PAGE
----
Rarely has there been a week when I have been more in need of some ultra-cheesy sequins-and-glitter fun, and, fortunately, my trip to Heels of Glory, the “drag action musical,” had been pre-booked. My forays into drag culture have been expanding in the last few years – thanks to the Royal Vauxhall Tavern, the Green Carnation, and the Bethnal Green Working Men’s Club – but this year has been on a real high as I had invitations to competing nights watching RuPaul’s Drag Race (which I never saw before this season – disadvantage of not owning a TV) and a fairy drag mother who wanted to catch me up with what I had missed. Modern drag culture, BRING IT!
However, as a regular theater goer, I was feeling quite a bit of trepidation about this show. I’ve been to several vanity productions where someone’s noble idea was given far more attention that it ever needed (when being tied in a sack and tossed in a river was what it deserved); would this be one of those things? Drag queens who might shine in their stage act reduced to mouthing clunky jokes; flabby songs that failed to take flight; and a supporting cast clearly brought in from this year’s crop of drama school grads and completely lacking in chemistry?
But the plot sounded so outrageous and full of my kind of humor that I kept my hopes level, if not high. I mean, just read this description of the first scene: “Sumptuous velvet curtains open to reveal a stunningly glamorous drag queen. This is Splendorella (Topsie Redfern AKA Nathan Kiley). Full of regal grace, she welcomes us to La Douche, the world’s number one drag club, with her signature song, Heels of Glory.” And then we have a baby drag queen (Honey – Matthew Floyd Jones) and her James Bond loving tomboy sidekick (Jay – Susan Harrison) – it just seemed so very promising!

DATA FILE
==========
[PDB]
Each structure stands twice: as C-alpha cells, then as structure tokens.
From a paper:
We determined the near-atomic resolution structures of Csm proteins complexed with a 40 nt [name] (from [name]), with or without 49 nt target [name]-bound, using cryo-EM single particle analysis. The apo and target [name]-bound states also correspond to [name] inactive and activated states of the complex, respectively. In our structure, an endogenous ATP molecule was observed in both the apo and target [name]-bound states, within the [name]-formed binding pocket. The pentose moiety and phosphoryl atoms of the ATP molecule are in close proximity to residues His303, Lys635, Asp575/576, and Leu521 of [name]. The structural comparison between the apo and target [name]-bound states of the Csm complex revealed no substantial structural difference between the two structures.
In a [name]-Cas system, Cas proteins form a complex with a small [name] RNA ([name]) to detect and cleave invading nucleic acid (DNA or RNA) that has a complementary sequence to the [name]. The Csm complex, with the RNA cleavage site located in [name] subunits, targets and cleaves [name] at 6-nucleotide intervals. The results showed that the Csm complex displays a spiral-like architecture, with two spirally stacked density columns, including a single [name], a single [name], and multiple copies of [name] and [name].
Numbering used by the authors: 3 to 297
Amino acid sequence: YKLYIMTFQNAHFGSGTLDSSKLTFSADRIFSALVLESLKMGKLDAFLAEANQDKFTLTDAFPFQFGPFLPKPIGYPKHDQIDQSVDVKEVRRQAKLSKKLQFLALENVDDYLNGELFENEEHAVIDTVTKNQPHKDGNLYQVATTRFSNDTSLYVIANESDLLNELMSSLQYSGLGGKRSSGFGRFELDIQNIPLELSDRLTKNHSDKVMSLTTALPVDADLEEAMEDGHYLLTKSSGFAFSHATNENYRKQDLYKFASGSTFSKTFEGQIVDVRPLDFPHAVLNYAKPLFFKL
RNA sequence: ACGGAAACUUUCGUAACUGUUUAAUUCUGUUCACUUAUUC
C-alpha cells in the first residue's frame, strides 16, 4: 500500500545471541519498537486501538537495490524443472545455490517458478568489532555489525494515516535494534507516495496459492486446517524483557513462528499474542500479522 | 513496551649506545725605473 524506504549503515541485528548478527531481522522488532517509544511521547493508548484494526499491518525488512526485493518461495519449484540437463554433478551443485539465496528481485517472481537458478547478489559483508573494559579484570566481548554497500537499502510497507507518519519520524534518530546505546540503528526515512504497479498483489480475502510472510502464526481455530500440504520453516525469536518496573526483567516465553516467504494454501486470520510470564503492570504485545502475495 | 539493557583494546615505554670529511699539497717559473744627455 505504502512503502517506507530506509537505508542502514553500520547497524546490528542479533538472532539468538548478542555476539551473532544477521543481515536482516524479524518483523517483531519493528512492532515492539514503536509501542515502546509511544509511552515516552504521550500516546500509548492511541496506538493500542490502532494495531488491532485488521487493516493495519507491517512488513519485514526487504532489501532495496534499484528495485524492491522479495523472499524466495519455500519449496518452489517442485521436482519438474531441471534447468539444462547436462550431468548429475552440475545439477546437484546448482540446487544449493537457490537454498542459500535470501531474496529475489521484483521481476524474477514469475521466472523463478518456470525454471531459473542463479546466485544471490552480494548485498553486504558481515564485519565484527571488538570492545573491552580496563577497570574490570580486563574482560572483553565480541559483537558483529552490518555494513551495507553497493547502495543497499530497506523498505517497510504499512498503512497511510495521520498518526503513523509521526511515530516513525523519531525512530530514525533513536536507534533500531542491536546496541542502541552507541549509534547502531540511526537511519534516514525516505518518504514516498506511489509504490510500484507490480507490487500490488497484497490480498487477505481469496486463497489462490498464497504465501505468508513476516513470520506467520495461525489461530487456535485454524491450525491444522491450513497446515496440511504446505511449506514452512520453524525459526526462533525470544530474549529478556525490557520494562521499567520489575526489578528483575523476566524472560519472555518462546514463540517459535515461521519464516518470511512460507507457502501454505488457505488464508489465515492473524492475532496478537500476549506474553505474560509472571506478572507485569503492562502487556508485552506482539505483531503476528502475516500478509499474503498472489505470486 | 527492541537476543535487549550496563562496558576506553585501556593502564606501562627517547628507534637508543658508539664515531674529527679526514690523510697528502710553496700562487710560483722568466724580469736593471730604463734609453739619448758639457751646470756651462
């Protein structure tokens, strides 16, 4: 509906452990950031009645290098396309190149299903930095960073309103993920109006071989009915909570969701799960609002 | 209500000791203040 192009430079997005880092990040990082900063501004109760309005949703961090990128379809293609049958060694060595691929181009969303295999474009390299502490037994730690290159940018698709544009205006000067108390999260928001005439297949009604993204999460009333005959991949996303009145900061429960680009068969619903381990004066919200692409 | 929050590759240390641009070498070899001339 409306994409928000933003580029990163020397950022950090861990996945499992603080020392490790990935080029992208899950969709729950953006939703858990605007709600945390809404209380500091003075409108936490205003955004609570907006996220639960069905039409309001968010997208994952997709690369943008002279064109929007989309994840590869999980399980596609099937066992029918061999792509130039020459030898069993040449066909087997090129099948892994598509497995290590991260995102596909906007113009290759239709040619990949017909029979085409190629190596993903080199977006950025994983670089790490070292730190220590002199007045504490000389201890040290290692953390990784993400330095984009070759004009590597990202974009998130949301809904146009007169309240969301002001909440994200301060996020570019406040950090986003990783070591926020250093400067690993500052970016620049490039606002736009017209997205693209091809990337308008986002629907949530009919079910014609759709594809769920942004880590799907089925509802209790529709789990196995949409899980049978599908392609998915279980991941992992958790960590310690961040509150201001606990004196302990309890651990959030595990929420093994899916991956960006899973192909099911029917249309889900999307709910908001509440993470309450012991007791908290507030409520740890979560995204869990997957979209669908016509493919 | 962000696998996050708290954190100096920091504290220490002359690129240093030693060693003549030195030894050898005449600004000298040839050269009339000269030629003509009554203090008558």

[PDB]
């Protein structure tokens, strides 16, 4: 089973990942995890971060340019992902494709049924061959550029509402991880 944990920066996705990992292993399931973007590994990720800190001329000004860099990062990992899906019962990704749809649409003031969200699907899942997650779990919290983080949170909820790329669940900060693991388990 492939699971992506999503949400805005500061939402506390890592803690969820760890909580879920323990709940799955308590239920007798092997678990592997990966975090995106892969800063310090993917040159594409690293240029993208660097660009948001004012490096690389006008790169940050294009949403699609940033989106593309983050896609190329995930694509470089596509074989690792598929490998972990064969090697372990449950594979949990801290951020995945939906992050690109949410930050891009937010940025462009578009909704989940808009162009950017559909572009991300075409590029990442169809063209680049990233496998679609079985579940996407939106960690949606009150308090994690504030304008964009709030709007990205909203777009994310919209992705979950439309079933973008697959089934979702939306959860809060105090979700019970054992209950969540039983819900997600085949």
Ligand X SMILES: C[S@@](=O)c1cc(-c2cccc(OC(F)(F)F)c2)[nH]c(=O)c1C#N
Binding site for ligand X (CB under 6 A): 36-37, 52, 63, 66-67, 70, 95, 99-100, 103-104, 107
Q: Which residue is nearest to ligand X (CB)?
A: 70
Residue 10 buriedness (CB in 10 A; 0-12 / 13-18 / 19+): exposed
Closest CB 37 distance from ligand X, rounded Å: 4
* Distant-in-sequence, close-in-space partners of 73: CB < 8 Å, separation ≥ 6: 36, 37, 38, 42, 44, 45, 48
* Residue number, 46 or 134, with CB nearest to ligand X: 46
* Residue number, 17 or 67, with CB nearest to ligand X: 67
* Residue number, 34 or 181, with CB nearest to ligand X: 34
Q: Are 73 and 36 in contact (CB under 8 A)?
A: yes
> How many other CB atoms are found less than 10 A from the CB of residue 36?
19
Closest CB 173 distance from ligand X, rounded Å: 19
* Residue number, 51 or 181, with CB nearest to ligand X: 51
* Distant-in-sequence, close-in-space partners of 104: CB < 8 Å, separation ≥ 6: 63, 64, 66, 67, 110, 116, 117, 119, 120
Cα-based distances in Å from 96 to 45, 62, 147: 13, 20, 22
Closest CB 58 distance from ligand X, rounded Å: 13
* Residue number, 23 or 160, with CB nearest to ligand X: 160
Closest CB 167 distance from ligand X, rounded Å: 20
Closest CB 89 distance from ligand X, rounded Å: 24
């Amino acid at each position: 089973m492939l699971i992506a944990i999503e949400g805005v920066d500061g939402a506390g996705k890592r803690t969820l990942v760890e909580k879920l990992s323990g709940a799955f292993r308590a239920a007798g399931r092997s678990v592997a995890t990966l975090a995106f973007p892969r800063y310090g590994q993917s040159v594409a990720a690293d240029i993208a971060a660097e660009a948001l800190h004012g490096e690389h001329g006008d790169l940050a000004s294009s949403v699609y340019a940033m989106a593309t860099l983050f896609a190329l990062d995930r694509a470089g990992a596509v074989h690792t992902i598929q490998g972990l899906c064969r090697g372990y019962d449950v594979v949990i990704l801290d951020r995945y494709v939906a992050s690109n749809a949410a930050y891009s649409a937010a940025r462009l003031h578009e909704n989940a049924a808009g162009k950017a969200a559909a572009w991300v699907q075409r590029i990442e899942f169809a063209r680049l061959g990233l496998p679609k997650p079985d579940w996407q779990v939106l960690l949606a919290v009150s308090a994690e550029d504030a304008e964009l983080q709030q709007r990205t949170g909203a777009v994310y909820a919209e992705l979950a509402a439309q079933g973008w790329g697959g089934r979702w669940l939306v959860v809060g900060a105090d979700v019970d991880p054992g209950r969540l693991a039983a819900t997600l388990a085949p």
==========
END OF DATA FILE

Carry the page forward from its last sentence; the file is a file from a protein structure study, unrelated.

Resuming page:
To my great surprise, this show was actually as much fun as I had hoped for and more. Yes, we had glorious glamazons in sequined gowns and towering high heels (and maybe a touch too much eye shadow and lip liner), but we also had extremely strong character performances from Jay and arch-villainess Allura Supreme (Sarah-Louise Young). And the backup characters – the “silent but deadly” (this is a song!) enforcer henchmen – were like a troupe of Marx Brothers pumping up the comedy levels.
In addition, there were so many things this show did that I appreciated, from the fact that the friendship between a young butch girl and a young drag queen were treated like, well, just a thing that happens, with both of them free to be their own selves and tease each other and yet still respecting each other for their differences. The drag queens themselves didn’t turn into horrible catty stereotypes (although there was some teasing of each other during an on-stage insult competition – that managed to not get genuinely nasty, quite a line to walk!), and actually wound up dealing with some of the issues (of aging, identity, and other things) that the community as a group faces, but managing it with a light touch and overall lack of meanness … well! And it had a singalonga, participatory disco dancing, and a happy ending. Really, you could not have asked for a more cheerful evening out. My friends had a great evening – and I think there are a lot more people out there that will love this show as much as we did. If you want to “get down with YOUR bad self,” Heels of Glory is just the show to take you there. Glasses of prosecco HIGHLY recommended.
(This review is for a performance that took place on Thursday, June 16, 2016. It continues through June 26th.)